List of Web Sites

This is a list of unsorted links to various Euclid-related pages and some further commentary. I've singled out the first four links which I consider to be four of the most important extant manuscripts. 

These are the 888 AD Theon manuscript, the Pre-Theon Vatican 190 manuscript, and the Greek to Latin translation from Sicily (translation made in the 12th but this copy is 13/14th century)

I've also added some links and discussion on Adelard I manuscript as well as one link to an early Arabic manuscript.  

As far as I can tell there is surprisingly, no complete early Adelard I manuscript available online in the UK. The only fully digitized copies are in Belgium and the Vatican and possibly elsewhere that I haven't checked. Given that Adelard is one of most famous early British scholars it is quite surprising that no online copy is available in the UK itself.  The British Library may have something, such as the MS Burney 275, but I've found the British Library website be a very unreliable to access. MS 275 is a somewhat mixed up manuscript. It contains part of Adelard II, III and I and only fragments of each. For example it only contains 6 folios of Adelard I (302-308)

Important Early Manuscripts

Bodleian D'Orville 888 AD Copy of Euclid  (Greek)

The Vatican 190 PEYRARD Manuscript (Greek)

The 7373 Greek to Latin Edition by Sicilian Annonymous Translator (Latin)

Arabic Manuscripts

I couldn't find any early online Arabic editions of Euclid except for this one which is a little later by al-Tusi. I wasn't able to determine what is was based on.

Euclid.; Ṭūsī, Naṣīr al-Dīn Muḥammad ibn Muḥammad, 1201-1274 translator; This copy dated 1594

Adelard I Manuscripts - Translation from Arabic to Latin

There are at least four UK-based copies in Glasgow, Oxford and the British Library. The first three are not fully digitized (just a handful of pages) and the fourth isn't digitized at all. 

Glasgow, Latin, Sp Coll MS Gen. 1115,  dated 4 December 1480

 Oxford, Trinity College MS. 47, Latin, this is the designed 'O' manuscript by Busard and perhaps the oldest (Folkerts). Probably 13th/14 century.

Further information on MS 47 can be found here, but the information doesn't look correct as it suggests this copy is "now tentatively attributed to Robert of Ketton". Robert of Ketton is also more commonly called Robert of Chester who is considered to have written the Adelard II manuscripts not Adelard I manuscripts since most if not all other literature states the Adelard I manuscripts are based on Adelard's own personal translation. It also claims there are only 5 manuscripts in existence but Menso Folkerts lists 7, although some of these are very incomplete.  The Folkerts list doesn't include the Glasgow manuscript possibly because it's too late (1480)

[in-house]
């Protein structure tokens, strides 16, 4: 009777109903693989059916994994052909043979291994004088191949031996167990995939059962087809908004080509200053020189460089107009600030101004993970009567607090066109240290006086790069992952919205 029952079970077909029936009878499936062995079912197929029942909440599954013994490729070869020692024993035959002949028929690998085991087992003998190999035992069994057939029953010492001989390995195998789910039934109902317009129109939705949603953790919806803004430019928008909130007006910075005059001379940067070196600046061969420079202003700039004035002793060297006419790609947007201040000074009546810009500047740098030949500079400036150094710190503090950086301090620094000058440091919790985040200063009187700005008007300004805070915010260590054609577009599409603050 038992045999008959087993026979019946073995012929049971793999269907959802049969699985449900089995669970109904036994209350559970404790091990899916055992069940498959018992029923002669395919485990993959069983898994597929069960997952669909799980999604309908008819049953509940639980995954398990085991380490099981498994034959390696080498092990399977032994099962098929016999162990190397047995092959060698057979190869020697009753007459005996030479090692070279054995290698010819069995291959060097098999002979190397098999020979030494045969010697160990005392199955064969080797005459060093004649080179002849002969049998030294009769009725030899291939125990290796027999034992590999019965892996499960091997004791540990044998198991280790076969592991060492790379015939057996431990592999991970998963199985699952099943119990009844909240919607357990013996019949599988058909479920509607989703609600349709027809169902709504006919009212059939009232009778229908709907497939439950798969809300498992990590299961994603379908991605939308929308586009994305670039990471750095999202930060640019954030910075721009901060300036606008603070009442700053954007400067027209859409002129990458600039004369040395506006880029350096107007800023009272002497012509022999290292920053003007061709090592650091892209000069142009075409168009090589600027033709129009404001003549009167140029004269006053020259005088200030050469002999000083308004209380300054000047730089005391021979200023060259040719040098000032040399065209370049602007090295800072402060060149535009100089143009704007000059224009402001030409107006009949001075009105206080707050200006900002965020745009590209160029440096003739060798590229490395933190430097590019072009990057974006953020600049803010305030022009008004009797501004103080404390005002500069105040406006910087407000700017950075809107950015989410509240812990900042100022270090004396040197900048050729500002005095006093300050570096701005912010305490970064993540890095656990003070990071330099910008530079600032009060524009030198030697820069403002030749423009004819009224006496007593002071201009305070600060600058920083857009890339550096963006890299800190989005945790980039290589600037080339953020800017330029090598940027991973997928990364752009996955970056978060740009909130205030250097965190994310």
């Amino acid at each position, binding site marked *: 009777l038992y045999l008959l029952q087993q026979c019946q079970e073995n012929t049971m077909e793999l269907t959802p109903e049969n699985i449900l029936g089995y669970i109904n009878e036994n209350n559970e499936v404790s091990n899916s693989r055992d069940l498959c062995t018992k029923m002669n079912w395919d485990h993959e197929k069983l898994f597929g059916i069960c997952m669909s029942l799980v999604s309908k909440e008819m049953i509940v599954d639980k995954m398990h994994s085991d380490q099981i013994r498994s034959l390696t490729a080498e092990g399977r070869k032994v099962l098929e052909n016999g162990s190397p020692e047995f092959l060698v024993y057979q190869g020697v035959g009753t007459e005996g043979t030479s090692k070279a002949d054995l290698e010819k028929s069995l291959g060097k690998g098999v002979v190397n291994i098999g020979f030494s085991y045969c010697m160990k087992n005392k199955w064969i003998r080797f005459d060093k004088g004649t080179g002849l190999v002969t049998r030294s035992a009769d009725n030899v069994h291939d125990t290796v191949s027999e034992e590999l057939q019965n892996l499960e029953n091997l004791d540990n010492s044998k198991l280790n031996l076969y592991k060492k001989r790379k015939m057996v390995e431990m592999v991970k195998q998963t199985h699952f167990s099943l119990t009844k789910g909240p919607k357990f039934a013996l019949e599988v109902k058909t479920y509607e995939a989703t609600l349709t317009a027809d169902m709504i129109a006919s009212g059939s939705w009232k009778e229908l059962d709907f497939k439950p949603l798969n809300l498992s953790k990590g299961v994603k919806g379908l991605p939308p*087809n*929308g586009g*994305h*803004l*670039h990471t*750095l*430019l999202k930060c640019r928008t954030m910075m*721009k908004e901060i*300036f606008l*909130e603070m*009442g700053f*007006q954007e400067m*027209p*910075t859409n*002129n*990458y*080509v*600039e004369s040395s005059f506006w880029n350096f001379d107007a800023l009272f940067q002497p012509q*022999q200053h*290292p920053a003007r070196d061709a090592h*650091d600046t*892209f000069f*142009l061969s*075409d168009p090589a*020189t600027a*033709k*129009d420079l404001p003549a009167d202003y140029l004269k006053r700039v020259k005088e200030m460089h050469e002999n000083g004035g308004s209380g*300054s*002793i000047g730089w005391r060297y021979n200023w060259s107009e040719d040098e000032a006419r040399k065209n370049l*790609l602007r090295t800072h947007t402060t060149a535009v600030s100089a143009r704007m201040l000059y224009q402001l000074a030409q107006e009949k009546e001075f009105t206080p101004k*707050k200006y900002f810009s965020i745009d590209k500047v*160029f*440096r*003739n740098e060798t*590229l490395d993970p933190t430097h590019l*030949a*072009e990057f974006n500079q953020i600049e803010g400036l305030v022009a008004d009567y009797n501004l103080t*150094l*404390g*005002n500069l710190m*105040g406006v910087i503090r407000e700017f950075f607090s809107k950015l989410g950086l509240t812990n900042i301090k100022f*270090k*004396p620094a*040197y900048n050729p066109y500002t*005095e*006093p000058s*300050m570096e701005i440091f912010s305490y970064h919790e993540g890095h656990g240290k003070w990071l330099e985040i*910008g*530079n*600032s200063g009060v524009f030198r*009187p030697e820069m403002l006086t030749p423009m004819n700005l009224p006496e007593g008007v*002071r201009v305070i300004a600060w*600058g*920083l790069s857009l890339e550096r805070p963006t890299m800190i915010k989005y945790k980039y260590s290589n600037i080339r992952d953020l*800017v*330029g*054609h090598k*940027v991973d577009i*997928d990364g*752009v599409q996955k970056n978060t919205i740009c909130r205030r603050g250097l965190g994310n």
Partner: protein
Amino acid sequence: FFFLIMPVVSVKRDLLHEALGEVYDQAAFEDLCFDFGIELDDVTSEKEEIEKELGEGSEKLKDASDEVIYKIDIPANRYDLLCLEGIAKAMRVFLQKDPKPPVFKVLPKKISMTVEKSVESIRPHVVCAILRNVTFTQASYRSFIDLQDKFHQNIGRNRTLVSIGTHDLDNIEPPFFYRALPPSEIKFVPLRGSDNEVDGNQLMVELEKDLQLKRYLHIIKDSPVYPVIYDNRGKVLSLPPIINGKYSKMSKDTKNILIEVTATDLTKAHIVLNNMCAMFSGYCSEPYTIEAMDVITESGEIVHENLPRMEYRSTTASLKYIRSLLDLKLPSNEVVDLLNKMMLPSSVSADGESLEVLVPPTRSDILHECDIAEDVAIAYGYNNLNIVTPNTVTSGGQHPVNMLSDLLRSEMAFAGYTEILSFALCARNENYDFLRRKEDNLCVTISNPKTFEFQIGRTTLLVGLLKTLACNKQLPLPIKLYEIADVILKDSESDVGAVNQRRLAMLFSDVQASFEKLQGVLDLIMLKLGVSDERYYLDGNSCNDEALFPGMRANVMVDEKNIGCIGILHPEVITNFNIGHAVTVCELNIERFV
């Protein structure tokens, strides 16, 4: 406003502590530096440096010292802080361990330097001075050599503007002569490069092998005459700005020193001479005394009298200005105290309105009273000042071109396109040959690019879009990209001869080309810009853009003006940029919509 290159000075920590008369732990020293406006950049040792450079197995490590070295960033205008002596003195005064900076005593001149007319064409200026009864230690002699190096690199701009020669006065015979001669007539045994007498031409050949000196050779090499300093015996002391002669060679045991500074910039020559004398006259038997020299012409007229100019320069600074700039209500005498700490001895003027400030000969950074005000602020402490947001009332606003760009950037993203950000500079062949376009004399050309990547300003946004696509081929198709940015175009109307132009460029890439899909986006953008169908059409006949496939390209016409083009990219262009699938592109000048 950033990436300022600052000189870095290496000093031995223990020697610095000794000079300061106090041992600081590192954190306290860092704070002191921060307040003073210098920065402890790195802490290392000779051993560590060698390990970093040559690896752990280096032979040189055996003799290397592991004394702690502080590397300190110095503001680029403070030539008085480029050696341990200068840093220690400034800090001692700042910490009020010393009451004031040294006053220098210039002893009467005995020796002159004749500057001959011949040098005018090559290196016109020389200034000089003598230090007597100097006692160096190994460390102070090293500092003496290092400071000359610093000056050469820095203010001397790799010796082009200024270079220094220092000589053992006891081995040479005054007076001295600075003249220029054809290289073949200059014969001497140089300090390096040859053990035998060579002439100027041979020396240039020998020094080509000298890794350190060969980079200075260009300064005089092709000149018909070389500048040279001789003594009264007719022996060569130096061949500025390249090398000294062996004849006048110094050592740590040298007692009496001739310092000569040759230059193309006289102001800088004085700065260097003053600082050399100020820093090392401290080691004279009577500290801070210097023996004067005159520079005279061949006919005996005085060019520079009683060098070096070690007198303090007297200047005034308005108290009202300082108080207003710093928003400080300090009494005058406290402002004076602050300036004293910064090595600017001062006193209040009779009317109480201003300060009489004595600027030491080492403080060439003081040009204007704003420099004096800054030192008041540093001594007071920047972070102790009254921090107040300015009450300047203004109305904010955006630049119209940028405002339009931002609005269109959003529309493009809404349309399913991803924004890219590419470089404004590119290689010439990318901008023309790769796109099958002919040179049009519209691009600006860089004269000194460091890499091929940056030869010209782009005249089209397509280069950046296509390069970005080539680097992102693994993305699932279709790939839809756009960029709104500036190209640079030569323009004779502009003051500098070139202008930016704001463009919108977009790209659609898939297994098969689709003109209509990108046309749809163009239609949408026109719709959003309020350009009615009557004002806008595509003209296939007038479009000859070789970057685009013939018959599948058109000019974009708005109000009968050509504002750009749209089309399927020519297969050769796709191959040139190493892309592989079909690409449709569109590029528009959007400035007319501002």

Bodleian Oxford, MS. Arch. Selden. B. 13, 13th century, late 

D-Orville 70,  located at Oxford (Latin, this is the designated 'D' manuscript by Busard), 14th century

Two fully digitized copies include one in the Vatican and another at Bruges in Belgium:

Vatican  Reg Lat. 1137, fully digitized (listed by Folkerts)

Bruges MS 529 designated B by Busard, fully digitized (listed by Folkerts)

Two things I came across that appears distinctive about Adelard I books is in Book III on circles:

a) The first is that Proposition 12 is missing from copies of Adelard I. This is a small proposition that proves that when two circles touch, their centers pass through the point of contact. 

b) The second difference is Adelard I merges proposition 35 and 36 which he numbers 34. 

As a result of these differences, Adelard I has 35 propositions in Book II while Heath's Euclid has  37. There has been a suggestion that Preposition 12 was inserted by Heron. This comes from a remark  one can find in Gerard Cremona's translation of the commentary of Al-Nayrizi. Al-Nyrizi says in what we would call Proposition 12 but he calls "The Eleventh Figure of the Third Treatise"  because he merges 11 and 12 together, that "Heron said: Lo, in this figure the mathematician fixed the two circles...". Maybe Adelard didn't add the proposition to his translation because he thought it didn't belong and Al-Nyrizi didn't pull it out as a separate preposition.  John Casey in his 1885 edition of Euclid (p120) actually says that Prop XI and XII can be combined into one general porosition. 

Other links:

Euclid of Alexandria:

 David Joyce's Euclid Page:

Reading Euclid in Greek: /~etuttle/classics/nugreek/contents.htm

Life of Euclid:

Bodleian D'Orville Translated to English:

Wikipedia Page on Euclid's Elements:

List of Vatican Manuscripts:

List of Manuscripts at Boston University Library:

Oliver Byrne's Euclid on the Web:

Richard Fitzpatrick Translation of Heiberg's Greek Edition:

Greek Mathematicians Timeline:

Heath's Euclid on the Web:   

Euclid's Elements in the Middle Ages:

Math Manuscripts at the Vatican:

Some Images from Manuscripts:

Some Commentary on  Vat. gr. 190, called P:   https://www.

Kronecker Wallis Kickstarter Project:

Stephen Wolfram's Analysis:

Biography of Euclid:

Erhard Ratdolt:

Proposition 2:

Gothic Architecture and Euclid:

Images of Diagrams:

Long Commentary of Medieval Manuscripts:

Oldest extant diagrams from Euclid:

Finding Euclid on Pot Shards:

Sir Charles Thomas-Stanford Collection:

List of links to manuscripts: